From NewStraitsTimes:

FOR nearly six decades, Indians have revelled in this Punjabi joke in all its quirky broadness: “How are you? Relaxing?”

“No, I am Milkha Singh.”

It has taken them as long, and a biopic, to recognise the modestly educated soldier-sportsman who has been the butt of that joke. Bhag Milkha Bhag (Run Milkha Run) on the life of India's most famous sports icon has begun brisk business at the box office, even as critics compete to shower plaudits or aim barbs. Born in 1935 in Faisalabad, now in Pakistan, Milkha was a victim of India's brutal Partition in 1947. Seeing his kin being killed, he ran to escape. He kept running on arrival in Delhi as a refugee — from his memories, from the police as he became a little thug and an unrequited love. The “run” as a metaphor of life's expedient circumstances, threads through the narrative. udiences empathise with Milkha not only because he ran fast, but because he wasn't afraid to stumble, falter, fall, rise and run again. He found a sense of purpose in the Indian Army. The lure of milk, eggs and freedom from fatigue duty made him take to sports. Years of hard work helped him break national records; wins at the Asian and Commonwealth games. But the hot favourite at the Rome Olympics (1960), although he broke yet another record, came fourth, losing a medal by hair's breadth. Milkha has lived through two catharses: one of bitter Partition memories and the other, not bagging an Olympic medal. Fate helped him overcome both. On Indian prime minister Jawaharlal Nehru's persuasion and Pakistan president Ayub Khan's invitation in 1962, he ran in Pakistan and washed off the double agony. He raced ahead of Abdul Khaliq, the winner of the 100m gold at the Tokyo Asian Games. Ayub Khan christened him “The Flying Sikh”. In distilling these catharses, Bollywood has performed an unusual, but commendable task amidst continuing mistrust between India and Pakistan. Bhag Milkha Bhag seems inspired by a vision of the future and a departure from the countless narratives of the terrible past and a present that does not hold much hope.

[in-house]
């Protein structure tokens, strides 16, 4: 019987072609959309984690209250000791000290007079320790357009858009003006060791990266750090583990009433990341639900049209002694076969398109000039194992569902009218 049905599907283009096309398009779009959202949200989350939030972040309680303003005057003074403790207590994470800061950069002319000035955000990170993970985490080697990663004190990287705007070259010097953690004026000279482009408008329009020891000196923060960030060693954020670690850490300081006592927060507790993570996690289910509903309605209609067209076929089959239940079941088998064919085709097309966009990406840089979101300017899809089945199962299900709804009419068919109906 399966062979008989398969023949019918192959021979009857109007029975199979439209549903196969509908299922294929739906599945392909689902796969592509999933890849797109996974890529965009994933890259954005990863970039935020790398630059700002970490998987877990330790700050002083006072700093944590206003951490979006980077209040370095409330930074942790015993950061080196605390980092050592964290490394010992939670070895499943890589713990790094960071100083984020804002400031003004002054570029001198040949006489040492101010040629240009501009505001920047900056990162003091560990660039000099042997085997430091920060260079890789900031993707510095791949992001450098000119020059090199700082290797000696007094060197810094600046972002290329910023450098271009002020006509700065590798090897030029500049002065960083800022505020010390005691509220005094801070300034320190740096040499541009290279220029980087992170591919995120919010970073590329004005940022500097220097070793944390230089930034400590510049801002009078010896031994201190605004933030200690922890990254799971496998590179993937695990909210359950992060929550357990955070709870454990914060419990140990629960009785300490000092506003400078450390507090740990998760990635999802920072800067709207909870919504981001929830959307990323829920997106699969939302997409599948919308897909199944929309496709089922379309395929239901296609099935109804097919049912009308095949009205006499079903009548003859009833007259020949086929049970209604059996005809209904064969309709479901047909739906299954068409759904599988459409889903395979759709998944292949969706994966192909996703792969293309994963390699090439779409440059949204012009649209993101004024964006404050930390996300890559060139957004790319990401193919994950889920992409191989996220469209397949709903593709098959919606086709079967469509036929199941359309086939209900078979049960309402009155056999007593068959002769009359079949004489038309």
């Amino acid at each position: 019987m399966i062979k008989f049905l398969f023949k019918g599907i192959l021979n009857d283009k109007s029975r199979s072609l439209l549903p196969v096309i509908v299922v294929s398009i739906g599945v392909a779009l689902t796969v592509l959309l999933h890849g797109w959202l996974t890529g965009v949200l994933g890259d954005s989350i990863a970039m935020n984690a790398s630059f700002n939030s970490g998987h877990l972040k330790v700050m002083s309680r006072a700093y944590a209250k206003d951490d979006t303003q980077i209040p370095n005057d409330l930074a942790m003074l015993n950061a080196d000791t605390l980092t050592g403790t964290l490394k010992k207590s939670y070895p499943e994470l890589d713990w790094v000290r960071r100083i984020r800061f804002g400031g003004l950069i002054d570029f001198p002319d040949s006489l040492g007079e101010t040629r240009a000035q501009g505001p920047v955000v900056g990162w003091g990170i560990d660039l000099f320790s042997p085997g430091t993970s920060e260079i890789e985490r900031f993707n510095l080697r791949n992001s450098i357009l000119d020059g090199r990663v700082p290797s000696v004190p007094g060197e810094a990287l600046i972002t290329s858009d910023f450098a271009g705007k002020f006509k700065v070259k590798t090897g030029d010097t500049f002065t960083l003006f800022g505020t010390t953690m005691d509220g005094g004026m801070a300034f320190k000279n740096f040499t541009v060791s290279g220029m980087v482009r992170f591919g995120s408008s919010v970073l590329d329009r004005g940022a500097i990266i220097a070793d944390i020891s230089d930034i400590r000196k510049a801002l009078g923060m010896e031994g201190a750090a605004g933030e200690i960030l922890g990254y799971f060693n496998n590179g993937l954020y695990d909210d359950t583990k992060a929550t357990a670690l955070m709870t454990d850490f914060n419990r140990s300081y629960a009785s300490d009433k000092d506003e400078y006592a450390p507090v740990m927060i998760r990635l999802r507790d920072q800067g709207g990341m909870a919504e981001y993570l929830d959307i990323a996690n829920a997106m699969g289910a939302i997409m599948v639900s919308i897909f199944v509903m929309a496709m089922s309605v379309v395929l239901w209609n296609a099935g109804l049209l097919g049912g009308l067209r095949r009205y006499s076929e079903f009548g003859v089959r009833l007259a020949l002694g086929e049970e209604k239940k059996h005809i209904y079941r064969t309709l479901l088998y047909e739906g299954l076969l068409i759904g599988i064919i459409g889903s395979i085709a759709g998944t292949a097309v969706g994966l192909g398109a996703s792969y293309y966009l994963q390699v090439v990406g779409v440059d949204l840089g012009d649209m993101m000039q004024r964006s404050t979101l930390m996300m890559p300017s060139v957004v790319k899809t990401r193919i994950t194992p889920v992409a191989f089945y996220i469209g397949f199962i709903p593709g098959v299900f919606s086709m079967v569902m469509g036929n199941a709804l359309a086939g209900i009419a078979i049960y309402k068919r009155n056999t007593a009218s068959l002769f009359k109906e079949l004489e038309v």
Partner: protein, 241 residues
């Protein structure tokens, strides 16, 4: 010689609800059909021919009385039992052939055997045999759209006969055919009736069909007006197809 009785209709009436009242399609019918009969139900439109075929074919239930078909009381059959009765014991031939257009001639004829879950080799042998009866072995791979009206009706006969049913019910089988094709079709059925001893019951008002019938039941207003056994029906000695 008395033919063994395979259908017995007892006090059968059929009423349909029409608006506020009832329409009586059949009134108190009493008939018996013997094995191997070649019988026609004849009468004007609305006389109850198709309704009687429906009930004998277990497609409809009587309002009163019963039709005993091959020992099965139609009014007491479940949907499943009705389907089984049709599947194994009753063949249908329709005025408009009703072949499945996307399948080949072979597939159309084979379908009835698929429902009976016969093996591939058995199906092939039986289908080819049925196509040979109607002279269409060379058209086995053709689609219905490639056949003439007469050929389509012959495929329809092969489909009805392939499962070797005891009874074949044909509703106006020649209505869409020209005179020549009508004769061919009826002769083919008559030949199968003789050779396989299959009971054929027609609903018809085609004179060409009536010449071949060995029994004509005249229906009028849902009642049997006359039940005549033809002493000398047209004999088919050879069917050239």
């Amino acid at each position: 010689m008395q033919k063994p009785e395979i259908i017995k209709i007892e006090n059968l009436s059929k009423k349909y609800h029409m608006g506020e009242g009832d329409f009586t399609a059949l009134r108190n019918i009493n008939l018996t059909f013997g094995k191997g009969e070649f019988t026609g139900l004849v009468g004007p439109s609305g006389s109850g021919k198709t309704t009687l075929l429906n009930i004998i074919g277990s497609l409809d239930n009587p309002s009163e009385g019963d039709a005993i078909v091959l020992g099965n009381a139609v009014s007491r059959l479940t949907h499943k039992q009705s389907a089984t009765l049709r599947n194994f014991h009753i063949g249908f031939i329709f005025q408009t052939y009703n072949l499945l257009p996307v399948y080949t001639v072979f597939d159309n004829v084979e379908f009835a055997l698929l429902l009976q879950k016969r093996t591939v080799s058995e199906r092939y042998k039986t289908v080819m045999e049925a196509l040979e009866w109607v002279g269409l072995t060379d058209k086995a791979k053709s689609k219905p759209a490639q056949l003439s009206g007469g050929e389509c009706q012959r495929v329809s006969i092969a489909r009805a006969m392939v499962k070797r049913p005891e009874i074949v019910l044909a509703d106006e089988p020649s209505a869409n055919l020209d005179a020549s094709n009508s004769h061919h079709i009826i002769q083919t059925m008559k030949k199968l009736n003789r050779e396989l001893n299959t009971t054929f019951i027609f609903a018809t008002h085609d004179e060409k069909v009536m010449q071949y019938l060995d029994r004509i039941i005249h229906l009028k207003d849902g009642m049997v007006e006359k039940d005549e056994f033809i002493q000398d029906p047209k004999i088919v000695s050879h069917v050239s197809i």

More here. (Note: A lovely film now playing in New York and maybe elsewhere.)